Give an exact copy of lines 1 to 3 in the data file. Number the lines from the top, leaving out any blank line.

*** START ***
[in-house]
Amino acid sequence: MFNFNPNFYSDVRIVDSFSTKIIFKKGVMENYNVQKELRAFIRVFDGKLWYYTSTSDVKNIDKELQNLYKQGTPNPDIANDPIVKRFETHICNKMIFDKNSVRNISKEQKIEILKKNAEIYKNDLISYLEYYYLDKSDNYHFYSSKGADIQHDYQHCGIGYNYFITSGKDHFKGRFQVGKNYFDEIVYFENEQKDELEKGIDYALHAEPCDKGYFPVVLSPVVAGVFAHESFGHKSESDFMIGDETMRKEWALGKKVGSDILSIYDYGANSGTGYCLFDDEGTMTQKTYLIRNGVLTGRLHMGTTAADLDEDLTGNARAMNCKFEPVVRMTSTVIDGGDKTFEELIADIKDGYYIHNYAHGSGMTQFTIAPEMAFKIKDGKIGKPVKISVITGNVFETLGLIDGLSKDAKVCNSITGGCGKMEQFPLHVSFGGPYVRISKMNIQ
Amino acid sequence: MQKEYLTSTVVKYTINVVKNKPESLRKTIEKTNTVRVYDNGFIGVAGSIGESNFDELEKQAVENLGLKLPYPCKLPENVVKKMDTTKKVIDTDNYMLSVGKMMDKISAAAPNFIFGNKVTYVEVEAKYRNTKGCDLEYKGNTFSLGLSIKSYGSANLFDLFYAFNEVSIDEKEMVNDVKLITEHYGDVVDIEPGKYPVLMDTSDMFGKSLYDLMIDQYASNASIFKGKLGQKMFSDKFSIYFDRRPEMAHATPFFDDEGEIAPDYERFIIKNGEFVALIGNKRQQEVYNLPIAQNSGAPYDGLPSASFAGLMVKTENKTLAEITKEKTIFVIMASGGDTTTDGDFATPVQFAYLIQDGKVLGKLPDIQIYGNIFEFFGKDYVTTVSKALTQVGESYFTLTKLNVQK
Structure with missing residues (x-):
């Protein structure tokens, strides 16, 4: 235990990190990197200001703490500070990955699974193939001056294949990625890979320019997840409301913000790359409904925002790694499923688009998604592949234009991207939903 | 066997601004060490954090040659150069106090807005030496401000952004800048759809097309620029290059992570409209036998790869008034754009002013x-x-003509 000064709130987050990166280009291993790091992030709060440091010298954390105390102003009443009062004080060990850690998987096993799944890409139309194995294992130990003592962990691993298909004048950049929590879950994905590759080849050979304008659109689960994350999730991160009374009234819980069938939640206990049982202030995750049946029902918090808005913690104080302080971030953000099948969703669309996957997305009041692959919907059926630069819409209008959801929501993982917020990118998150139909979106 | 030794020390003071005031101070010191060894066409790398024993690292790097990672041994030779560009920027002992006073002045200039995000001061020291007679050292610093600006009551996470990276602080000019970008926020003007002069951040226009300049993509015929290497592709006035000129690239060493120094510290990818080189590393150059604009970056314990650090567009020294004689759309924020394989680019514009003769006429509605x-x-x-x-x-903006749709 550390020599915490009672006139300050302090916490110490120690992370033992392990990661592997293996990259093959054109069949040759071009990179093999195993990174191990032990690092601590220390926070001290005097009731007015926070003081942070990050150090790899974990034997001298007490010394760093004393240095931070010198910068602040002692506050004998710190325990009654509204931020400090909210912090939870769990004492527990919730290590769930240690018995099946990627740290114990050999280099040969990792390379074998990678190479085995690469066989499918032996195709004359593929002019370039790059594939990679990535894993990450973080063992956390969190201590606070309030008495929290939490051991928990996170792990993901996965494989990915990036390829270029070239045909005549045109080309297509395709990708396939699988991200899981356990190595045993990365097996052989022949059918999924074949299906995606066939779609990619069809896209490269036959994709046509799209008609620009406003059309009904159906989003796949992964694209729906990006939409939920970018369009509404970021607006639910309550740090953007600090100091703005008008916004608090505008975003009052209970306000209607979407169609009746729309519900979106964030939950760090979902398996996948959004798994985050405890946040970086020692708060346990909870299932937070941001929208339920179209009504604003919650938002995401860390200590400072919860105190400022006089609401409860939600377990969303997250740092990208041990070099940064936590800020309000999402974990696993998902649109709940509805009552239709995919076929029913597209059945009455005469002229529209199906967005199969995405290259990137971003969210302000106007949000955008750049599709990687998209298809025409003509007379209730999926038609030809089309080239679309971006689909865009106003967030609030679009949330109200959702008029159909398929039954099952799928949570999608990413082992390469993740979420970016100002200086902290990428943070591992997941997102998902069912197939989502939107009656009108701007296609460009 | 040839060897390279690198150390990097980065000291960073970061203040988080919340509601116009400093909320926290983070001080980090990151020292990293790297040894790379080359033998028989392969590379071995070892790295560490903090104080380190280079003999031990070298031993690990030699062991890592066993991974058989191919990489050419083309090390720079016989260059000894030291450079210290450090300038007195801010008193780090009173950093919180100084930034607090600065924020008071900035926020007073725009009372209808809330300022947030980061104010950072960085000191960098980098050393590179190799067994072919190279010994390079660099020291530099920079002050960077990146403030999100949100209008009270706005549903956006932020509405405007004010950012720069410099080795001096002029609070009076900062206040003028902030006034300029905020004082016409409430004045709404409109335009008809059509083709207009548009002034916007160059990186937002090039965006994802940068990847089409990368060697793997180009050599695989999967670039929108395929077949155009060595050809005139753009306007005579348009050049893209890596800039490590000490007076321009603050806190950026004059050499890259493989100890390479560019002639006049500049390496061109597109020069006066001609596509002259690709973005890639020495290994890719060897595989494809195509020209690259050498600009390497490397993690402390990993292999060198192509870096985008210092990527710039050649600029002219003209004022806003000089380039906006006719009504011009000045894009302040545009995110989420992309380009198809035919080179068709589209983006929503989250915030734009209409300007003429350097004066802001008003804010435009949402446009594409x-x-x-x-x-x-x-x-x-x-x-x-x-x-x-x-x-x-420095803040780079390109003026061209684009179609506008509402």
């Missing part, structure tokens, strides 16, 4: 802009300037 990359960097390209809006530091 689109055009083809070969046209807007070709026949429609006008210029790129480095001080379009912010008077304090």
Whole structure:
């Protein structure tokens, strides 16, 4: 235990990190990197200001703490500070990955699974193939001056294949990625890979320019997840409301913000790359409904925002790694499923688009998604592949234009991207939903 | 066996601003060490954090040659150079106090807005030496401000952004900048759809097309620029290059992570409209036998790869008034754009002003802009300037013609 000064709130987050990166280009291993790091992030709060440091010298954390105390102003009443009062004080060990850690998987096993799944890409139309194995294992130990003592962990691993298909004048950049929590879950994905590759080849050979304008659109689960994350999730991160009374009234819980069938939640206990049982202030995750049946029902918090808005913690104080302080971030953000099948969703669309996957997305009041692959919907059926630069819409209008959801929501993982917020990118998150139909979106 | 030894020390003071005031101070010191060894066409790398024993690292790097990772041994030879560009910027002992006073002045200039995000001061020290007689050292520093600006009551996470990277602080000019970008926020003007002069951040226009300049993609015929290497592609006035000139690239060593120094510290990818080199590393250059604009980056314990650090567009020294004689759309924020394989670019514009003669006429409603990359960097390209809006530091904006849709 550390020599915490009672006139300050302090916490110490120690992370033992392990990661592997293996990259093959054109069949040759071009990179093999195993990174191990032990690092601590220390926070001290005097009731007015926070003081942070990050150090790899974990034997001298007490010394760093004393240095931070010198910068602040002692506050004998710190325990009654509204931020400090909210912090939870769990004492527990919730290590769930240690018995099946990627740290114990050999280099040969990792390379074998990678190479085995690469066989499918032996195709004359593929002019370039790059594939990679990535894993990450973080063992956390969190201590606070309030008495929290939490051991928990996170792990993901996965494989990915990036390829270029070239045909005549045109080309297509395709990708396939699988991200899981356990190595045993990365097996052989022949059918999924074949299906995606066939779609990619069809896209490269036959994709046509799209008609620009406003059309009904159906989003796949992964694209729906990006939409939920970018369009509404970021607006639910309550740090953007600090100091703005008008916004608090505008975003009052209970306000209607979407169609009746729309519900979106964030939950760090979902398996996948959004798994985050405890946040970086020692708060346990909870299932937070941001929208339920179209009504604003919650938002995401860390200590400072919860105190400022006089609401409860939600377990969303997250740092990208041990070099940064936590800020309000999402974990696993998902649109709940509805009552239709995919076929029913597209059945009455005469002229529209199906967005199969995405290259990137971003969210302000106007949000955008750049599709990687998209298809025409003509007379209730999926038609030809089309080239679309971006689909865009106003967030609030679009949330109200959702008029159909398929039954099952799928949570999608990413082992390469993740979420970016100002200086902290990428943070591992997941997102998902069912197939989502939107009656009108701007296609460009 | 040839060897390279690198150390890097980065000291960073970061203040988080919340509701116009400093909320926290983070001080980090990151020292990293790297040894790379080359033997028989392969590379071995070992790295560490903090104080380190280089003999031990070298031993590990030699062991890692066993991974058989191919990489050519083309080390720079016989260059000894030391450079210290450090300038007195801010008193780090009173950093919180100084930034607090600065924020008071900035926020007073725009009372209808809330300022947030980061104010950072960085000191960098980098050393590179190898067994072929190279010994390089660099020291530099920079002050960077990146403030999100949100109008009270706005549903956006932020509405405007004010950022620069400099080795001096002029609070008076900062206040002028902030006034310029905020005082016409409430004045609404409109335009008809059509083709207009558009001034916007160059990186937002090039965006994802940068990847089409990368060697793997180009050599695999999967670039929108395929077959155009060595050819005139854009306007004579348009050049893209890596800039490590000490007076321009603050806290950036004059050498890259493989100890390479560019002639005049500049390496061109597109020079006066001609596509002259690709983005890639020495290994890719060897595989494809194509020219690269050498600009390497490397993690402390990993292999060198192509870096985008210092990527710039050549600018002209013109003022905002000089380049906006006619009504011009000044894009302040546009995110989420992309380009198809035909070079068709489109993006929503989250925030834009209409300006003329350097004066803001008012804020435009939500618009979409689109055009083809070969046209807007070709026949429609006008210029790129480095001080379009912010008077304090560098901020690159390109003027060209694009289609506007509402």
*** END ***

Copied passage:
[in-house]
Amino acid sequence: MFNFNPNFYSDVRIVDSFSTKIIFKKGVMENYNVQKELRAFIRVFDGKLWYYTSTSDVKNIDKELQNLYKQGTPNPDIANDPIVKRFETHICNKMIFDKNSVRNISKEQKIEILKKNAEIYKNDLISYLEYYYLDKSDNYHFYSSKGADIQHDYQHCGIGYNYFITSGKDHFKGRFQVGKNYFDEIVYFENEQKDELEKGIDYALHAEPCDKGYFPVVLSPVVAGVFAHESFGHKSESDFMIGDETMRKEWALGKKVGSDILSIYDYGANSGTGYCLFDDEGTMTQKTYLIRNGVLTGRLHMGTTAADLDEDLTGNARAMNCKFEPVVRMTSTVIDGGDKTFEELIADIKDGYYIHNYAHGSGMTQFTIAPEMAFKIKDGKIGKPVKISVITGNVFETLGLIDGLSKDAKVCNSITGGCGKMEQFPLHVSFGGPYVRISKMNIQ
Amino acid sequence: MQKEYLTSTVVKYTINVVKNKPESLRKTIEKTNTVRVYDNGFIGVAGSIGESNFDELEKQAVENLGLKLPYPCKLPENVVKKMDTTKKVIDTDNYMLSVGKMMDKISAAAPNFIFGNKVTYVEVEAKYRNTKGCDLEYKGNTFSLGLSIKSYGSANLFDLFYAFNEVSIDEKEMVNDVKLITEHYGDVVDIEPGKYPVLMDTSDMFGKSLYDLMIDQYASNASIFKGKLGQKMFSDKFSIYFDRRPEMAHATPFFDDEGEIAPDYERFIIKNGEFVALIGNKRQQEVYNLPIAQNSGAPYDGLPSASFAGLMVKTENKTLAEITKEKTIFVIMASGGDTTTDGDFATPVQFAYLIQDGKVLGKLPDIQIYGNIFEFFGKDYVTTVSKALTQVGESYFTLTKLNVQK